High Court Bends Over Backwards to Resolve Family Will Dispute

Newspaper columns are replete with accounts of the crushing costs of litigation and it is easy to lose sight of the fact that it is the role of judges to resolve disputes as efficiently and cheaply as possible. The High Court has done just that in bending over backwards to achieve a settlement of a bitter family will dispute.

Two sons had launched proceedings, challenging their father’s will by which he left everything he owned, including his £675,000 share of the family farm, to a childhood friend. The dispute had generated a great deal of acrimony and the positions of the parties were in danger of becoming entrenched.

An attempt at mediation had largely stalled and it was to the credit of lawyers on both sides that they had encouraged the parties to settle their differences. To that end, the Court took the rare step of directing that a judge should carry out a ‘neutral evaluation’ of the strength of the arguments on each side.

That swift and relatively low cost procedure, whilst not leading to a formal judgment, would result in non-binding recommendations as to the likely outcome of the case which would be likely to assist in achieving a settlement. The Court noted that the use of such a fast-track procedure was possible under the Court’s inherent jurisdiction to control proceedings and was to be ‘warmly welcomed’.

Art Collector’s Son Scores Inheritance Tax Victory

Gifts to your loved ones are a sensible means of minimising Inheritance Tax (IHT) liabilities on your death – but it is vital to seek legal advice and leave a clear paper trail behind you if substantial tax savings are to be achieved.

HM Revenue and Customs had raised IHT demands against the son and heir of an art collector in respect of three valuable paintings. As executor of his mother’s estate, he disputed liability on the basis that she had given the paintings to himself and his brother more than 20 years before her death.

In allowing his appeal and accepting that the paintings were free from IHT, the First-tier Tribunal found that his account of the gifts was entirely credible. With some ceremony, the paintings had been taken off the wall of the family home and handed individually to him, before being re-hung where he wanted them. Although the paintings had stayed in the family home, that was only because he and his brother had had nowhere secure enough to keep them.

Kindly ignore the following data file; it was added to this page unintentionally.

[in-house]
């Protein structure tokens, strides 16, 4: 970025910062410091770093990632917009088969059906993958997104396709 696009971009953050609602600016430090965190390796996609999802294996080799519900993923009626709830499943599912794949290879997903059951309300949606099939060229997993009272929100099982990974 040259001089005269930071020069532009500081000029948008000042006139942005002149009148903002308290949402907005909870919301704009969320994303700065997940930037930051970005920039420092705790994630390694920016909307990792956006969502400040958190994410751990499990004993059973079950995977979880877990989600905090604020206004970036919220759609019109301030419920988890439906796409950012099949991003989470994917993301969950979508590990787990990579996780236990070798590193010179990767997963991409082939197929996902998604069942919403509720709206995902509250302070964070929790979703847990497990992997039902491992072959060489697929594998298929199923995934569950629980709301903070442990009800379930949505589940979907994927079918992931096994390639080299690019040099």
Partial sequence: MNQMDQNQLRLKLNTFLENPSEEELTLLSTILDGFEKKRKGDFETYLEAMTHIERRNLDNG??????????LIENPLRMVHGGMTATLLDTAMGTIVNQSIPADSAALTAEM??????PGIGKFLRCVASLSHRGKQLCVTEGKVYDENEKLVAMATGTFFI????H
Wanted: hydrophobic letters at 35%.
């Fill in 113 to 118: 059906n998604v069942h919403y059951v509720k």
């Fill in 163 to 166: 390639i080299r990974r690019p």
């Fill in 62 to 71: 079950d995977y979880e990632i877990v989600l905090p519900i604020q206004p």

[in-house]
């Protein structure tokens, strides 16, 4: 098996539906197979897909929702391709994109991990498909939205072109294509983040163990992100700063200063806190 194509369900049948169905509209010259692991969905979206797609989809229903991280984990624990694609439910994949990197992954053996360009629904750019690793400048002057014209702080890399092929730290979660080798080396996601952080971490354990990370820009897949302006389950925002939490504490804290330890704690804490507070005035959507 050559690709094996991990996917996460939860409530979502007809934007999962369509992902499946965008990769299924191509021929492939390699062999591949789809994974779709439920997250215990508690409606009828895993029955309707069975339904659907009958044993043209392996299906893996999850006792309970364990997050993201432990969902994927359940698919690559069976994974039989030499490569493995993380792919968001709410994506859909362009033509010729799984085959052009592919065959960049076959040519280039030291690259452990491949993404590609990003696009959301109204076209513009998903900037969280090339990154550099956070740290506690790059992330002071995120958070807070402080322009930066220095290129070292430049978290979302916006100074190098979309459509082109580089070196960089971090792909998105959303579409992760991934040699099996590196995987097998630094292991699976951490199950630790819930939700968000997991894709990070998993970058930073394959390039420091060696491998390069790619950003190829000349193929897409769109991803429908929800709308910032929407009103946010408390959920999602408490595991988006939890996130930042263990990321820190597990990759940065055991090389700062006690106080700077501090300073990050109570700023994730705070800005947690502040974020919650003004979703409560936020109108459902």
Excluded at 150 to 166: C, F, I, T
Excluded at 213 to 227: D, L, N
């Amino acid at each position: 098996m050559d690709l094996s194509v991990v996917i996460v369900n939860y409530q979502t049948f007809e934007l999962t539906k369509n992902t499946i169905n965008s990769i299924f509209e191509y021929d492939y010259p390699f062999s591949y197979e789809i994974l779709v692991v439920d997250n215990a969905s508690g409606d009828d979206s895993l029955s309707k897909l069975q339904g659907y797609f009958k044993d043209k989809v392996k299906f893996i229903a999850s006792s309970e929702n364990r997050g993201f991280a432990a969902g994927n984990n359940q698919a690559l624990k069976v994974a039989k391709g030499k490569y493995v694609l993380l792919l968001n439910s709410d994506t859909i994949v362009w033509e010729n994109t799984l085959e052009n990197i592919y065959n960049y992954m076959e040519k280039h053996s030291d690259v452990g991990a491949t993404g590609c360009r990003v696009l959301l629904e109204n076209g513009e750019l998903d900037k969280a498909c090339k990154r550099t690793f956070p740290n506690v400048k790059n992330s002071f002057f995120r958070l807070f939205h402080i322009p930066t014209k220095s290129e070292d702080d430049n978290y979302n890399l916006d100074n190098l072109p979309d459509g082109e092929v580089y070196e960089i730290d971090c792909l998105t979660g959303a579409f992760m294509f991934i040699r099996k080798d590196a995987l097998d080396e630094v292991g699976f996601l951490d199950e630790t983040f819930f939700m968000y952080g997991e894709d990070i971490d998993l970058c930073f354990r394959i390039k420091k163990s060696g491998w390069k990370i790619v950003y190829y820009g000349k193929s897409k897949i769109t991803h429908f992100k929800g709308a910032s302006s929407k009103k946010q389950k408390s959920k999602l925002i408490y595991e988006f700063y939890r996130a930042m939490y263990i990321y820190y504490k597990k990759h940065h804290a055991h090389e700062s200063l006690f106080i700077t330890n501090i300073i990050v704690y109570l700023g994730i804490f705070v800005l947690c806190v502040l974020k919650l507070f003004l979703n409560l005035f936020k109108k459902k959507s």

Unmarried Couples – Are You as Secure as You Think?

In a case which stands as a warning to unmarried couples that their assumptions of security are often wrong, a dog breeder who said that she was left with nothing but an Airedale terrier after she split from her partner of more than 30 years has failed to win a stake in his £750,000 kennels business.

The woman, in her 50s, argued that she had ‘thrown in her lot’ with her partner, whom she had met as a teenager. She had worked hard in the business for only £50 a week and it had always been her understanding that she was a partner in the venture and part-owner of the home where the couple lived and worked.

She lodged proceedings after the relationship broke down and her partner excluded her from the property. However, a judge rejected her claim, noting that the property, as well as a previous home they had shared, had been paid for entirely by her partner and that he had made it expressly clear to her that she would have no interest in it and that her name would not be on the title deeds.

Also rejecting her claim that she was a partner in the business, the judge noted that she was paid a small allowance and was treated as a minor employee. She was also identified as an employee on her tax returns and had not acted to her detriment in reliance on any assurance her ex-partner gave her. In dismissing her challenge to the judge’s decision, the Court of Appeal described it as unimpeachable.

Sotheby’s Cleared of Negligence in ‘Caravaggio Painting’ Row